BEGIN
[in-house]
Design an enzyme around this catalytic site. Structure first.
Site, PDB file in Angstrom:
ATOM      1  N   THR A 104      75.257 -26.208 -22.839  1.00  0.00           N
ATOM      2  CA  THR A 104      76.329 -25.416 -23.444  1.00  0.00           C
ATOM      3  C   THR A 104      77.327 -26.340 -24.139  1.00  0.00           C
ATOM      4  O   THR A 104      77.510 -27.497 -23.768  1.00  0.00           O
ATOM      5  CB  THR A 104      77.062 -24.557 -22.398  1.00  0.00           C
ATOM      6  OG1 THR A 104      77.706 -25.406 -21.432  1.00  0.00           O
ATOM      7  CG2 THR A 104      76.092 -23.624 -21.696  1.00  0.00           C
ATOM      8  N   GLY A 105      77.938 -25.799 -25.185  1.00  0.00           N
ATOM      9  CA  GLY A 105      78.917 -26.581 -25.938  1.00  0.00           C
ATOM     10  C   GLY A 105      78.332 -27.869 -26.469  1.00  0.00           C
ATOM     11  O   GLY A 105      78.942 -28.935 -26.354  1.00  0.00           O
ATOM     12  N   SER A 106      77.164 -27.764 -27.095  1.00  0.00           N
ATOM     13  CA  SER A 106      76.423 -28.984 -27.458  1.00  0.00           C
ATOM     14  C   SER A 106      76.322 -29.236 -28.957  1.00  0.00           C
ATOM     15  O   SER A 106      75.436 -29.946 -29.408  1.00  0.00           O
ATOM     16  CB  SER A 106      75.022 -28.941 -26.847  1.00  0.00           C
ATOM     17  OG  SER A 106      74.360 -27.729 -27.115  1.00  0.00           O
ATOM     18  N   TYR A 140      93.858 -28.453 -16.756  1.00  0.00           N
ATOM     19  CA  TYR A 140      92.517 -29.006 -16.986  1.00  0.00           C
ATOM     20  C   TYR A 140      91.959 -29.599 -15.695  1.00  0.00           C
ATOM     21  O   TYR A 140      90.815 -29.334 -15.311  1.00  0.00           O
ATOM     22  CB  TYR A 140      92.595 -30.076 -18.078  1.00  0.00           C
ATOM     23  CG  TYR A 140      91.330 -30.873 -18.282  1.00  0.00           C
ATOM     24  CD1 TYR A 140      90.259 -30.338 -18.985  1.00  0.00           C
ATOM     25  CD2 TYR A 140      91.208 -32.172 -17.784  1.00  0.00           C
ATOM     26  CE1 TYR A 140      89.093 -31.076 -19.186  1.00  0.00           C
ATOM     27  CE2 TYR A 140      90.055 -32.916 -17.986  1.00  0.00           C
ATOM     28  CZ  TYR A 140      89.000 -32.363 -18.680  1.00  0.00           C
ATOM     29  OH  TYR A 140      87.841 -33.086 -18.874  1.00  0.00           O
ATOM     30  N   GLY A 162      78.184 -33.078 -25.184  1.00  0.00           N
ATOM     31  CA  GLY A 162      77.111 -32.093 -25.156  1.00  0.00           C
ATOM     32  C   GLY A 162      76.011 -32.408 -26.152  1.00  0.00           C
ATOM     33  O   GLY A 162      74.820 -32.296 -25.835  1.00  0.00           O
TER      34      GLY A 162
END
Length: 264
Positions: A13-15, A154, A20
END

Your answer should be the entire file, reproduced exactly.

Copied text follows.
[in-house]
Design an enzyme around this catalytic site. Structure first.
Site, PDB file in Angstrom:
ATOM      1  N   THR A 104      75.257 -26.208 -22.839  1.00  0.00           N
ATOM      2  CA  THR A 104      76.329 -25.416 -23.444  1.00  0.00           C
ATOM      3  C   THR A 104      77.327 -26.340 -24.139  1.00  0.00           C
ATOM      4  O   THR A 104      77.510 -27.497 -23.768  1.00  0.00           O
ATOM      5  CB  THR A 104      77.062 -24.557 -22.398  1.00  0.00           C
ATOM      6  OG1 THR A 104      77.706 -25.406 -21.432  1.00  0.00           O
ATOM      7  CG2 THR A 104      76.092 -23.624 -21.696  1.00  0.00           C
ATOM      8  N   GLY A 105      77.938 -25.799 -25.185  1.00  0.00           N
ATOM      9  CA  GLY A 105      78.917 -26.581 -25.938  1.00  0.00           C
ATOM     10  C   GLY A 105      78.332 -27.869 -26.469  1.00  0.00           C
ATOM     11  O   GLY A 105      78.942 -28.935 -26.354  1.00  0.00           O
ATOM     12  N   SER A 106      77.164 -27.764 -27.095  1.00  0.00           N
ATOM     13  CA  SER A 106      76.423 -28.984 -27.458  1.00  0.00           C
ATOM     14  C   SER A 106      76.322 -29.236 -28.957  1.00  0.00           C
ATOM     15  O   SER A 106      75.436 -29.946 -29.408  1.00  0.00           O
ATOM     16  CB  SER A 106      75.022 -28.941 -26.847  1.00  0.00           C
ATOM     17  OG  SER A 106      74.360 -27.729 -27.115  1.00  0.00           O
ATOM     18  N   TYR A 140      93.858 -28.453 -16.756  1.00  0.00           N
ATOM     19  CA  TYR A 140      92.517 -29.006 -16.986  1.00  0.00           C
ATOM     20  C   TYR A 140      91.959 -29.599 -15.695  1.00  0.00           C
ATOM     21  O   TYR A 140      90.815 -29.334 -15.311  1.00  0.00           O
ATOM     22  CB  TYR A 140      92.595 -30.076 -18.078  1.00  0.00           C
ATOM     23  CG  TYR A 140      91.330 -30.873 -18.282  1.00  0.00           C
ATOM     24  CD1 TYR A 140      90.259 -30.338 -18.985  1.00  0.00           C
ATOM     25  CD2 TYR A 140      91.208 -32.172 -17.784  1.00  0.00           C
ATOM     26  CE1 TYR A 140      89.093 -31.076 -19.186  1.00  0.00           C
ATOM     27  CE2 TYR A 140      90.055 -32.916 -17.986  1.00  0.00           C
ATOM     28  CZ  TYR A 140      89.000 -32.363 -18.680  1.00  0.00           C
ATOM     29  OH  TYR A 140      87.841 -33.086 -18.874  1.00  0.00           O
ATOM     30  N   GLY A 162      78.184 -33.078 -25.184  1.00  0.00           N
ATOM     31  CA  GLY A 162      77.111 -32.093 -25.156  1.00  0.00           C
ATOM     32  C   GLY A 162      76.011 -32.408 -26.152  1.00  0.00           C
ATOM     33  O   GLY A 162      74.820 -32.296 -25.835  1.00  0.00           O
TER      34      GLY A 162
END
Length: 264
Positions: A13-15, A154, A20